Immunogold localization of SP-A in lungs of infants dying from respiratory distress syndrome

D. E. DeMello, S. Heyman, D. S. Phelps, J. Floros

Research output: Contribution to journalArticle

42 Citations (Scopus)

Abstract

Prematurely born infants can develop the neonatal respiratory distress syndrome (RDS) because of a deficiency of pulmonary surfactant. This lipoprotein complex synthesized by type II pneumocytes has different ultrastructural forms-intra- and extracellular lamellar bodies, which within the alveoli are transformed into tubular myelin, and this in turn gives rise to the surface monolayer, the functionally active form of surfactant. We have previously shown that at autopsy RDS lungs lack tubular myelin and have decreased immunoreactivity for antisera to surfactant protein A (SP-A), an important component of tubular myelin. Therefore, we proposed a role for SP- A in the conversion of lamellar bodies to tubular myelin and in the pathogenesis of RDS. To explore this possibility further, we compared in 14 RDS and 14 control lungs the distribution of SP-A in ultrathin sections, using affinity-purified rabbit anti-human-SP-A IgG and goat anti-rabbit IgG- conjugated with 10 nm colloidal gold particles. In controls, gold label was present in lamellar bodies, endoplasmic reticulum, on the cytoplasmic membrane of type II cells, and on lamellar bodies and tubular myelin either within alveoli or macrophages. In RDS lungs, reduced label was present in the same intracellular compartments and organelles, except in tubular myelin, which is absent. It is postulated that if SP-A is indeed necessary for the conversion of lamellar bodies to tubular myelin, in RDS either there is a deficiency of adequate amounts of functional SP-A or some other important component of surfactant is missing.

Original languageEnglish (US)
Pages (from-to)1631-1640
Number of pages10
JournalAmerican Journal of Pathology
Volume142
Issue number5
StatePublished - Dec 1 1993

Fingerprint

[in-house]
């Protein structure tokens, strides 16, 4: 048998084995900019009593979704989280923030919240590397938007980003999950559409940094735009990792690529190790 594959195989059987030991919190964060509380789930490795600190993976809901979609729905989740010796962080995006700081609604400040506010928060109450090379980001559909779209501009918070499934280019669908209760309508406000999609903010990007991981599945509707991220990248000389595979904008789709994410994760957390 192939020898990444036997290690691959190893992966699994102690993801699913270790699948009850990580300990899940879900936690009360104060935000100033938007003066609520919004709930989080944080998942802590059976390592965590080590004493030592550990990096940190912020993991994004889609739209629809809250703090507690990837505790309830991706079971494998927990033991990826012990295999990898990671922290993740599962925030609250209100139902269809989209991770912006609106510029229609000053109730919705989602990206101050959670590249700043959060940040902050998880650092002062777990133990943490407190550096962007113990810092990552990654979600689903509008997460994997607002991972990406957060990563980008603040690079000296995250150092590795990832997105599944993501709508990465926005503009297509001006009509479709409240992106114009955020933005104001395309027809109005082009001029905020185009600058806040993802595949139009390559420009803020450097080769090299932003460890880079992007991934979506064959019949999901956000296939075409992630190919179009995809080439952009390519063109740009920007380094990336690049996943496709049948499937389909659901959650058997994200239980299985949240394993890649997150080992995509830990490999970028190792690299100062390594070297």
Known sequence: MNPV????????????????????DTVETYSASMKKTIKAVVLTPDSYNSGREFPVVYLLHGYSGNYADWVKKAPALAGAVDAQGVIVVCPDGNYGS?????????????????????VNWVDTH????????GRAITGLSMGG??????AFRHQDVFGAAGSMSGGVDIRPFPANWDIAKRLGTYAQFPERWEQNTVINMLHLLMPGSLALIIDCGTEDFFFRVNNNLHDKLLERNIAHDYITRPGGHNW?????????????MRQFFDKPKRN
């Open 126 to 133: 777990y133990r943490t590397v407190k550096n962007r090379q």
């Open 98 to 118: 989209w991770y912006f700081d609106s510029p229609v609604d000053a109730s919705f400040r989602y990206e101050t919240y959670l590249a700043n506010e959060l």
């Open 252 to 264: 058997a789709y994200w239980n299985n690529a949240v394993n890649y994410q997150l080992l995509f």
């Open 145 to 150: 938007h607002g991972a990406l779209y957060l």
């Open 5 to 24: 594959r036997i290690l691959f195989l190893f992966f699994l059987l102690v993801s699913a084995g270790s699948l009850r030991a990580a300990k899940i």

Pulmonary Surfactant-Associated Protein A
Newborn Respiratory Distress Syndrome
Lung
Surface-Active Agents
Pulmonary Surfactant-Associated Proteins
Rabbits
Alveolar Epithelial Cells
Pulmonary Surfactants
Gold Colloid
tubular myelin
Goats
Gold
Endoplasmic Reticulum
Organelles
Lipoproteins
Immune Sera
Autopsy
Immunoglobulin G
Macrophages
Cell Membrane

All Science Journal Classification (ASJC) codes

  • Pathology and Forensic Medicine

Cite this

@article{b69dcf3dbaf24ec1bb1216b8918abfd0,
title = "Immunogold localization of SP-A in lungs of infants dying from respiratory distress syndrome",
abstract = "Prematurely born infants can develop the neonatal respiratory distress syndrome (RDS) because of a deficiency of pulmonary surfactant. This lipoprotein complex synthesized by type II pneumocytes has different ultrastructural forms-intra- and extracellular lamellar bodies, which within the alveoli are transformed into tubular myelin, and this in turn gives rise to the surface monolayer, the functionally active form of surfactant. We have previously shown that at autopsy RDS lungs lack tubular myelin and have decreased immunoreactivity for antisera to surfactant protein A (SP-A), an important component of tubular myelin. Therefore, we proposed a role for SP- A in the conversion of lamellar bodies to tubular myelin and in the pathogenesis of RDS. To explore this possibility further, we compared in 14 RDS and 14 control lungs the distribution of SP-A in ultrathin sections, using affinity-purified rabbit anti-human-SP-A IgG and goat anti-rabbit IgG- conjugated with 10 nm colloidal gold particles. In controls, gold label was present in lamellar bodies, endoplasmic reticulum, on the cytoplasmic membrane of type II cells, and on lamellar bodies and tubular myelin either within alveoli or macrophages. In RDS lungs, reduced label was present in the same intracellular compartments and organelles, except in tubular myelin, which is absent. It is postulated that if SP-A is indeed necessary for the conversion of lamellar bodies to tubular myelin, in RDS either there is a deficiency of adequate amounts of functional SP-A or some other important component of surfactant is missing.",
author = "DeMello, {D. E.} and S. Heyman and Phelps, {D. S.} and J. Floros",